The British plan for unit arrival in Greece in March and April 1941

The British plan was for a phased arrival of units in Greece. This was probably necessitated by the realities of transport availability. This was the order:
  1. 1st Armoured Brigade Group-Brigadier H.V.S. Charrington
  2. The New Zealand Division-Major-General Bernard Freyberg
  3. The 6th Australian Division-Major-General Sir Iven Mackay
Along with these would be interwined:
  • The Force HQ
  • HQ 1st Australian Corps-Lt-General Thomas Blamey
  • two medium regiments, Royal Artillery
  • corps, base, and line of communication troops
To follow would be the 7th Australian Division and the Polish Brigade. More than 31,000 men had been carried to Greece by the end of March 1941. This is based on the account in Vol.II of the Official History.

Sunday, November 27, 2005

Unpleasant alternatives in Greece in on the British arrival

There were no good options for moving through mountainous Greece. There were a few one-way roads. There were a few other roads that were not suitable for bad weather and had steep descents. The rest of the paths were "bridal paths". The Greek army was horse and ox and mule-drawn, so they were able to travel, although not at a fast pace. The British army was motorized, and was tied to the few good roads. In the spring, with the rains, much of the travel would turn into mud (March and April). The powers that be in Cairo had decided that the British army would be based in the "Piraeus-Athens area". They hoped that by having intermediate bases with supplies for 90 days, that they could somewhat counter the poor transportation situation. This is based on the account in Vol.II of the Official History. Going into Greece does not even seem like a rational decision, which of course it wasn't, as it was driven by Churchill and his willing minions. This was not a rational, calculated move. The consequences were disastrous to the position in North Africa.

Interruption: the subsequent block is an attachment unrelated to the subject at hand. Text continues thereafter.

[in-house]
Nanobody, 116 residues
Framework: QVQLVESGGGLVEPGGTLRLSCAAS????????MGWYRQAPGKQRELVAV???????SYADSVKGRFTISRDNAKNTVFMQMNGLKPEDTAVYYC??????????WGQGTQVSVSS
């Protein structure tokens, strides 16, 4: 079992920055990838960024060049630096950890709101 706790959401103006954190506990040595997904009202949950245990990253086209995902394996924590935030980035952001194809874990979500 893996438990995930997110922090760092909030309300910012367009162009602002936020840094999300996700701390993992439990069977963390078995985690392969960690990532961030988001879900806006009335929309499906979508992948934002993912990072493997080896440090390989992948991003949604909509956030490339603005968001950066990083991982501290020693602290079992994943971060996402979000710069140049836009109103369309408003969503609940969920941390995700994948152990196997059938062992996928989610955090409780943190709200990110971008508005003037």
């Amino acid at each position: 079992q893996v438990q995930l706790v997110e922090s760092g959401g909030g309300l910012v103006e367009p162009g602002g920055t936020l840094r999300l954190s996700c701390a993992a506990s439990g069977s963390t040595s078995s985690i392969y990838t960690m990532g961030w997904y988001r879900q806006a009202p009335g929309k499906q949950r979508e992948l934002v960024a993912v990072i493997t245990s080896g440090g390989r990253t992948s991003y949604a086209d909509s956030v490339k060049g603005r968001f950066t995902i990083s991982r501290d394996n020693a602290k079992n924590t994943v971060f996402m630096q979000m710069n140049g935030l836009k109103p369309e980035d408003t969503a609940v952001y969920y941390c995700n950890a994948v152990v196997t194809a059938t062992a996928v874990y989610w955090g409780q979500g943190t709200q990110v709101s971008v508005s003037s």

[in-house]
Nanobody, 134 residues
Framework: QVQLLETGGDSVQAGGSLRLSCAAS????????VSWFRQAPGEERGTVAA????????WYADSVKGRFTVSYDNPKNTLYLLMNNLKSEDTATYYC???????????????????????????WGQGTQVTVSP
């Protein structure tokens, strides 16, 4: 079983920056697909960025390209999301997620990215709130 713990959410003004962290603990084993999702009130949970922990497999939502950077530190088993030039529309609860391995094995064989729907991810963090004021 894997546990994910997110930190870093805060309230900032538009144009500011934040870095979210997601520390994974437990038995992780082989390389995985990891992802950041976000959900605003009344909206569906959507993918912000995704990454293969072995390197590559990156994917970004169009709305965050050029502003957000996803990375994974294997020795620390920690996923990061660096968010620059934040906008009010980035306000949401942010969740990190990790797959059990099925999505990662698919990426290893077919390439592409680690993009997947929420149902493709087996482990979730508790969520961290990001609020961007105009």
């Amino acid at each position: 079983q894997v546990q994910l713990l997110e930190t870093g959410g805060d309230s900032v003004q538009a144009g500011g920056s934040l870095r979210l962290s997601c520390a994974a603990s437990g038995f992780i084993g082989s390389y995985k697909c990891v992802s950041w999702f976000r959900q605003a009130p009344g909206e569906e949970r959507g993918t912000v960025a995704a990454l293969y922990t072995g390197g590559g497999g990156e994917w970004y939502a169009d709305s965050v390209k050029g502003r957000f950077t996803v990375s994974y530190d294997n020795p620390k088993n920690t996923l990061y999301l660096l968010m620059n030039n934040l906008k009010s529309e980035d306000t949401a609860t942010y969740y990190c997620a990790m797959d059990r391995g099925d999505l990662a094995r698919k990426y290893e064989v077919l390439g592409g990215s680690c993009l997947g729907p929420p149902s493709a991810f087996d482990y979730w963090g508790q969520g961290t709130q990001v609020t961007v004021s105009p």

Saturday, November 26, 2005

The Aliakmon front in 1941

General Wilson arrived in Athens on 4 March 1941, but the Greek government asked him to remain in civilian clothes and not advertise his presence. This made his task as commander quite difficult. He was not able to personally reconnoiter Aliakmon. The basic position was strong, and had slopes facing the potential attack that sharply descended. There were four passes through which traffic could flow. The main difficulty was that the position could be readily turned by a force attacking through Yugoslavia from Monastir to Florina. If an attack developed from that direction, the British would have to make a difficult withdrawal under air attack. The terrain through which such a retreat would have to be made was mountainous and had little cover. This is based on the account in Vol.II of the Official History.

Friday, November 25, 2005

The military situation in Greece in March 1941